Sunday, June 28, 2015

The Honest Grateful Dead Review by a Dick/Fan

Putting aside how hard it is for me (and others) to even call this outfit "The Grateful Dead", for the sake of continuity and acceptance I'll go with "GD."

The "GD" show was extremely enjoyable.

First off, logistically things worked out well. Doomsday scenario suggestions regarding parking, etc, never came to fruition. Fact is most people chose not to drive. The Levi's Stadium parking lot itself was probably only half filled, since most of the parking spaces are owned by wealthy tech folks who didn't come to the event. The Blue lot, located across the street, was the party lot. Most winnebagos and buses were in that lot, as was "Shakedown Street", or more aptly put, "Shakedown Alley." It was about 25 yards long. Worth nothing, there's NOTHING sold on "Shakedown" anymore which can't be purchased everywhere and anywhere on the west coast.

The venue itself was staffed by people who were completely clueless, which on one level is a good thing since they didn't harass anybody. On the other hand, they didn't help clear the aisles, which became somewhat of a burden for people who had tickets. Getting to your seat was a problem if you waited until late in the game to enter the building, as most people went to "C Gate." The answer was "the other gate." I cruised right in (exiting was not easy for others, unless you moved toward the gate, like I did - I'm from Jersey; that's what we do).

The concession stands took forever as the people working them were complete morons. And the most tasteless aspect of the night was the roses, which were hung around the venue on these bulletin boards for fans to take upon entering/exiting. It was a nice touch by the promoter. It was a classless move by nearly every person working the event to STEAL roses when they left work. I saw one woman with at least 20, and every single female staffer had at least 3. That's theft. Those were for paying customers. But I digress...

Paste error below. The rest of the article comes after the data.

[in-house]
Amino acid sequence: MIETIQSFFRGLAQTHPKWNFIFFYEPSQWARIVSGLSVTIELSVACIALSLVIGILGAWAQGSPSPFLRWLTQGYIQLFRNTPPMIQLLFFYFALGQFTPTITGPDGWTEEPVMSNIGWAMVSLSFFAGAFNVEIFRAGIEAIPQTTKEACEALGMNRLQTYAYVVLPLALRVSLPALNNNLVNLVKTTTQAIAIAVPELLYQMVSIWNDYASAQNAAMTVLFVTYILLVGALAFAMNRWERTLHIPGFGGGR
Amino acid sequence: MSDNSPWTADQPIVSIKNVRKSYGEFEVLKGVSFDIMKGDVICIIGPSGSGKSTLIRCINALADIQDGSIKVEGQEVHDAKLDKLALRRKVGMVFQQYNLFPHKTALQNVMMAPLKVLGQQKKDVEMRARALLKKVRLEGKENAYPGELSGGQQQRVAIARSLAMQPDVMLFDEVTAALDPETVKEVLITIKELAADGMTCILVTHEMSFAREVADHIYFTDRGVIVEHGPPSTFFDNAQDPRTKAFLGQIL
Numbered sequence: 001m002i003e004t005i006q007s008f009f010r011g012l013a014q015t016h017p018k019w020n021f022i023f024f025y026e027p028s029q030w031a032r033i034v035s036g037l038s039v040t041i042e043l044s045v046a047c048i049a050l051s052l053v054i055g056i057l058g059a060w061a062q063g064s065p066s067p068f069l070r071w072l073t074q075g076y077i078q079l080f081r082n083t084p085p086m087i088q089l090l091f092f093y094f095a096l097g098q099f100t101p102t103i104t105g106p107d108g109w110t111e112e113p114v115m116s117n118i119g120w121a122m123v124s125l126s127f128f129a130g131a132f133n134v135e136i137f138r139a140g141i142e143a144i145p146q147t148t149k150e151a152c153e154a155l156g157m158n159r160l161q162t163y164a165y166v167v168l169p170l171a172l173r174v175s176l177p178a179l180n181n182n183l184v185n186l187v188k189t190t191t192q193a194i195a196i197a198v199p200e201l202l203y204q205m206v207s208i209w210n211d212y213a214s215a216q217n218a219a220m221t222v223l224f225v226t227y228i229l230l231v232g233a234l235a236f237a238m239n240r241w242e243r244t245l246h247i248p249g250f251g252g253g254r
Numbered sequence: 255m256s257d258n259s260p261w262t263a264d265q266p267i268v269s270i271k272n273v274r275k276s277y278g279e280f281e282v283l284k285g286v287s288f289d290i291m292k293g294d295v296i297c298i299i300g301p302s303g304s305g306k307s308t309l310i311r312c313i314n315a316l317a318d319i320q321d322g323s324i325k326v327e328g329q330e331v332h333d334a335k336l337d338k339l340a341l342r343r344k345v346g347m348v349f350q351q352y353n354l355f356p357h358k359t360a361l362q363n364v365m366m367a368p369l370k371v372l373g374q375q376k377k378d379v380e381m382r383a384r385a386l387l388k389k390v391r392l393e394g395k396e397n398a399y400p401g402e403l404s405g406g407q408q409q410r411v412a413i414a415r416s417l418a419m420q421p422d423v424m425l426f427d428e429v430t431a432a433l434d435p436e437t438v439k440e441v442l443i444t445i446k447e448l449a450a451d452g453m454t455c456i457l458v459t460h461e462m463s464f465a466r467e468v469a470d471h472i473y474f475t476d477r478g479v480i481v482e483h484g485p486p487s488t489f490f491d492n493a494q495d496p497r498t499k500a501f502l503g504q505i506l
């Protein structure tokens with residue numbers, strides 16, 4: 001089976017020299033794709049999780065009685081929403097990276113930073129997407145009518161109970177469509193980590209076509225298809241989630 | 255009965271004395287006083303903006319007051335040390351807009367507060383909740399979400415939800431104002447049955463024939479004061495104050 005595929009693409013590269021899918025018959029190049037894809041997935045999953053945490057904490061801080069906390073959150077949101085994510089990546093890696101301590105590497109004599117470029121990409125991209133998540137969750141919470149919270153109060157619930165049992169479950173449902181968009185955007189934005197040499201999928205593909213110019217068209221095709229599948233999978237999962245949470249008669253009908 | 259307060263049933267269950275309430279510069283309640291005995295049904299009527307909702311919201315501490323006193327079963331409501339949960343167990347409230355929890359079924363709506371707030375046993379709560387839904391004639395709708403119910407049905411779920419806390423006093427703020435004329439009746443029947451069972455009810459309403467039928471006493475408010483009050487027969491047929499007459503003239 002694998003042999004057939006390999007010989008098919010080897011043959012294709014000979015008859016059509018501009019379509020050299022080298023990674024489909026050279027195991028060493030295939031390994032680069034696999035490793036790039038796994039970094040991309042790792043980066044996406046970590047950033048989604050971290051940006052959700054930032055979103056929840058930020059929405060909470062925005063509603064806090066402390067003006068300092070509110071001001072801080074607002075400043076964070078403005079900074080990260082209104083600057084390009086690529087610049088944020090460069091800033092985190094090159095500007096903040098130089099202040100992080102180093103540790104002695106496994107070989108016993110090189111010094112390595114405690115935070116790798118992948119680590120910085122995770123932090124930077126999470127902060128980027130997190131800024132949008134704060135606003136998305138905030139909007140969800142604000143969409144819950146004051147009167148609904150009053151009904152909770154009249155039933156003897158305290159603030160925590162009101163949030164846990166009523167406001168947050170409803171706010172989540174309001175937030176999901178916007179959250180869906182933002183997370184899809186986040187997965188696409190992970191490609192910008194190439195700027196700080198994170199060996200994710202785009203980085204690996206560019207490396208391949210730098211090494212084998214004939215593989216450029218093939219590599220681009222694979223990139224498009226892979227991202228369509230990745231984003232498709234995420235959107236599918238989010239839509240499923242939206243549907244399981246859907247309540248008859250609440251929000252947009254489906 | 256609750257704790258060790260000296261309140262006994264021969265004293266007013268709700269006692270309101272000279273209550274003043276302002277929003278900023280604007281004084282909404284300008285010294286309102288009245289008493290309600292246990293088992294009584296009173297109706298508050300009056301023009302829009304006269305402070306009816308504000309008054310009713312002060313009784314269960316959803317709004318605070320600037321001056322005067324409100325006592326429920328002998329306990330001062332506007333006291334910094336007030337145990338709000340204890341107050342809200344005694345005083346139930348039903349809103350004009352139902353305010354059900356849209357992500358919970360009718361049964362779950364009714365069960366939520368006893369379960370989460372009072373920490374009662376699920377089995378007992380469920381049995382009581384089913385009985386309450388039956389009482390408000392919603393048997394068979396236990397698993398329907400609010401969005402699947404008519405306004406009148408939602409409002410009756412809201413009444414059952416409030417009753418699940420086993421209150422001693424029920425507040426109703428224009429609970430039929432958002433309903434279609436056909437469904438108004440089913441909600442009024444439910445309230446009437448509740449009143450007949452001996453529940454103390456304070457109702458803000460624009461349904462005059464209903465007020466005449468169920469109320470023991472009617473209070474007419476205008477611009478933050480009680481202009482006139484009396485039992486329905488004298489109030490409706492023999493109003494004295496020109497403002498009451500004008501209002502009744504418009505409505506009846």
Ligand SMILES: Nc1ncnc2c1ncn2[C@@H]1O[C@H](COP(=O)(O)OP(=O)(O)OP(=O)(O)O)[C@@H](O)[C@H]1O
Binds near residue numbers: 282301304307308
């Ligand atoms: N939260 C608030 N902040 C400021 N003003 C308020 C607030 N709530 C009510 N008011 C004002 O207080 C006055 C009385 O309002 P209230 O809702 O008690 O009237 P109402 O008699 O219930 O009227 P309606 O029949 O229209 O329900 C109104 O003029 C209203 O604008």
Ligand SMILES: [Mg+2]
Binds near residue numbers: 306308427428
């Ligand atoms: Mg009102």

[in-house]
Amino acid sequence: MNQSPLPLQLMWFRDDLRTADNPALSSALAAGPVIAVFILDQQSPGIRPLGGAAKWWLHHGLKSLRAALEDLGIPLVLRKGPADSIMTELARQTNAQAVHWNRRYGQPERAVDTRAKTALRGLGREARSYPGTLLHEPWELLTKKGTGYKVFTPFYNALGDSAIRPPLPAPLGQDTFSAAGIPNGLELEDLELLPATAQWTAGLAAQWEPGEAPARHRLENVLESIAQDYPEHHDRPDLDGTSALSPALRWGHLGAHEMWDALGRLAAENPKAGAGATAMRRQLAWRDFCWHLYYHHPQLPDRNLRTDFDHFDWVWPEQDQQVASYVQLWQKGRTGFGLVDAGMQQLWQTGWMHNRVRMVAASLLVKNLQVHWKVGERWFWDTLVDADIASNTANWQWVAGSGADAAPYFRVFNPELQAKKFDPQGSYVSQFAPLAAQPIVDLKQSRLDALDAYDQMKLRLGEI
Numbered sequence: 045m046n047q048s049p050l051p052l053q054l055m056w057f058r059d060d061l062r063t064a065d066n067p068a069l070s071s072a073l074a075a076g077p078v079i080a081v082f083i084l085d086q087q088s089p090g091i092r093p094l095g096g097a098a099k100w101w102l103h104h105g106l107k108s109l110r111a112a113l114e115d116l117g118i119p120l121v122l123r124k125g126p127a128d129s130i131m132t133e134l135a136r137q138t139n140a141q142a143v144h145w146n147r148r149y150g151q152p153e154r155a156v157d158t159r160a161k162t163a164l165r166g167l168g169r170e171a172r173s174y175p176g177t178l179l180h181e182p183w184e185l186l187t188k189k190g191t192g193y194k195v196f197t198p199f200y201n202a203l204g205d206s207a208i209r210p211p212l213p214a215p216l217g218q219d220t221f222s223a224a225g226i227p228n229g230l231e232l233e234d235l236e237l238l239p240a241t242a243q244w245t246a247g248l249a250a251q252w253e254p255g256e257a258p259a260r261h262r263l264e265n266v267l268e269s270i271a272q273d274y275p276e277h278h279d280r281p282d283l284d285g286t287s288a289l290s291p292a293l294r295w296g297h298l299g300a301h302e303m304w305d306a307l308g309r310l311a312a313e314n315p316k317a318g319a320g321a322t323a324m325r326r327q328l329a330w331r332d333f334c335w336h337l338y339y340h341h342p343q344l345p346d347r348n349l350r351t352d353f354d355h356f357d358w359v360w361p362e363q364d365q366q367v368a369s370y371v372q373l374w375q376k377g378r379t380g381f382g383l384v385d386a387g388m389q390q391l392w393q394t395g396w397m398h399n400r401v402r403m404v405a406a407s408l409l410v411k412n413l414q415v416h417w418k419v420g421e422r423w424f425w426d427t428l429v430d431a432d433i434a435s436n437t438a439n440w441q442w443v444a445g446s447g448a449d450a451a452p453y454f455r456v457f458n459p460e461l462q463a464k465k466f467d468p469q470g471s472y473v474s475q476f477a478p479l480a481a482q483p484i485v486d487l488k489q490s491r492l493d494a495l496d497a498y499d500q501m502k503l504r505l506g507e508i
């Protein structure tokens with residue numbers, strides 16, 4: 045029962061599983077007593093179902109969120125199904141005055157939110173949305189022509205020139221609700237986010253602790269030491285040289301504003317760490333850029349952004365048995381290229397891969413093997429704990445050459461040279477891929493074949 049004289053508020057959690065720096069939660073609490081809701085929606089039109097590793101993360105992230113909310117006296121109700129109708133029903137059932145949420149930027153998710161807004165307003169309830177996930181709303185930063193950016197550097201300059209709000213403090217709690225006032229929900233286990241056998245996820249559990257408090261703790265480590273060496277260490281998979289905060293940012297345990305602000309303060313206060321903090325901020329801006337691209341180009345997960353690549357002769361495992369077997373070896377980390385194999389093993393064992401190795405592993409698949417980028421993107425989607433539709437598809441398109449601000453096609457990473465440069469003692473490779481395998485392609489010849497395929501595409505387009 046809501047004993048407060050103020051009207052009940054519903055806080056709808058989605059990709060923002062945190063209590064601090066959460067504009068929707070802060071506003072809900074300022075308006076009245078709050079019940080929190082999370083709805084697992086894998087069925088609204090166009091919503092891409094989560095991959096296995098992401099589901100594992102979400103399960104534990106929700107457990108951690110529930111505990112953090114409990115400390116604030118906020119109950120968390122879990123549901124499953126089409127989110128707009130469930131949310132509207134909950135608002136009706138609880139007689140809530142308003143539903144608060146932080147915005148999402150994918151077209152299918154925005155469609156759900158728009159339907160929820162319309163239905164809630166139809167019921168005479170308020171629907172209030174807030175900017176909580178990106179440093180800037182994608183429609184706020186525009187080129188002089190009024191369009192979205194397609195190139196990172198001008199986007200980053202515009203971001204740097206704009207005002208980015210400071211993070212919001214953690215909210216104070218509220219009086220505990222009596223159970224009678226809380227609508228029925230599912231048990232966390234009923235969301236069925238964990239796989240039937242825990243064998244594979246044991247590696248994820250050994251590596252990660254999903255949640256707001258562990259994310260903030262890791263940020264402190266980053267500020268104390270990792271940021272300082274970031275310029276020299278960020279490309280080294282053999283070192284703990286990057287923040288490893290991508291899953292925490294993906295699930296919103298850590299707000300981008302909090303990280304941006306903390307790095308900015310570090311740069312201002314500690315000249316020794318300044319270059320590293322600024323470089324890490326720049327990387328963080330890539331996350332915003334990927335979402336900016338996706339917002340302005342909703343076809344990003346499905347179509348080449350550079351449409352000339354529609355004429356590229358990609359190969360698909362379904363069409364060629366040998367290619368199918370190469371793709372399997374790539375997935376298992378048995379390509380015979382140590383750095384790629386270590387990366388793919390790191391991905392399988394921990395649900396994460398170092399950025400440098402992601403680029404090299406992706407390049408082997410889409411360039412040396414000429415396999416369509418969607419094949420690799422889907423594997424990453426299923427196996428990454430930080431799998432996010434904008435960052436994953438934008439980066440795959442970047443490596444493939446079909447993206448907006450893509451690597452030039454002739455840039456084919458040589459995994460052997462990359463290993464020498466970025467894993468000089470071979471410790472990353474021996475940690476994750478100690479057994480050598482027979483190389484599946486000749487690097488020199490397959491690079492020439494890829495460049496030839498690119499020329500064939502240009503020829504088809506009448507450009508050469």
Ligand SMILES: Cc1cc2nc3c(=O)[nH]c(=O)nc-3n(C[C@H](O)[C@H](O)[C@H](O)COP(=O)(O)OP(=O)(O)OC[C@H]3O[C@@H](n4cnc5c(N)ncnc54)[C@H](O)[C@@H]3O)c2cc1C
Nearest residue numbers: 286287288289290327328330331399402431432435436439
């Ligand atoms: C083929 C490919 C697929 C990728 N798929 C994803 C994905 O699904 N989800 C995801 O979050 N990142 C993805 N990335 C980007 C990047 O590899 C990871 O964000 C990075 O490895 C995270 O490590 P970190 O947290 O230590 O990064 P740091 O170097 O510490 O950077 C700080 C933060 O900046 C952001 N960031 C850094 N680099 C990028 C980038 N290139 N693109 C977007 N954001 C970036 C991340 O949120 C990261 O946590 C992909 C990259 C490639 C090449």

Now the meat.

You could have stopped the show two songs in. Seeing Trey on stage, and more so, on the big screen, was a completion of the circle for many fans. It brought a smile to my face, as it did many others. It's something that needed to happen for nearly everyone aged 35-48. Something was made whole in that moment.

During the first set there was a lot of chatter because musically it was pedestrian, and we were all fine with it. Of course, the highlight was the epic rainbow which came out of nowhere, and from my angle was pointing right at Trey. I'm not one who believes in all the shit people believe in out here, but for that single, I was as close to a believer as I'll ever be.

A fucking rainbow.

Set break music was outstanding. :-) Turned to the guy next to me and said, "Uhh, this is amazing. Best music of the night." I noticed a lot of people dancing. It sounded somewhat like an endless Phish 1999 loop jam, but modernized somehow. Well played. Set break was LONG.

Second set was where the big guns came out, in a relative sense. Crypt > Darkstar > St. Stephen > Eleven was worth the price of admission, which in my case was $20. Oh, btw, there were tickets EVERYWHERE. So many extra tickets. No one could get rid of them. I bought a 200 level behind the stage and sat in 106. And I only bought that ticket because the seller had his illegal shirts he hawking confiscated by the police. I felt bad for the dude. Could have gotten in for free.

Back to the music...

...For the first time in the evening the band sorta handed the keys to Trey, and during S.S. it brought a tear to my eye. Now, if you know anything about me, I am fully of the mind Trey is not half the guitarist he was 20 years ago, and Phish is hardly worth seeing. But GD songs are paced much slower, and afford him a much wider latitude to get shit done, which he did.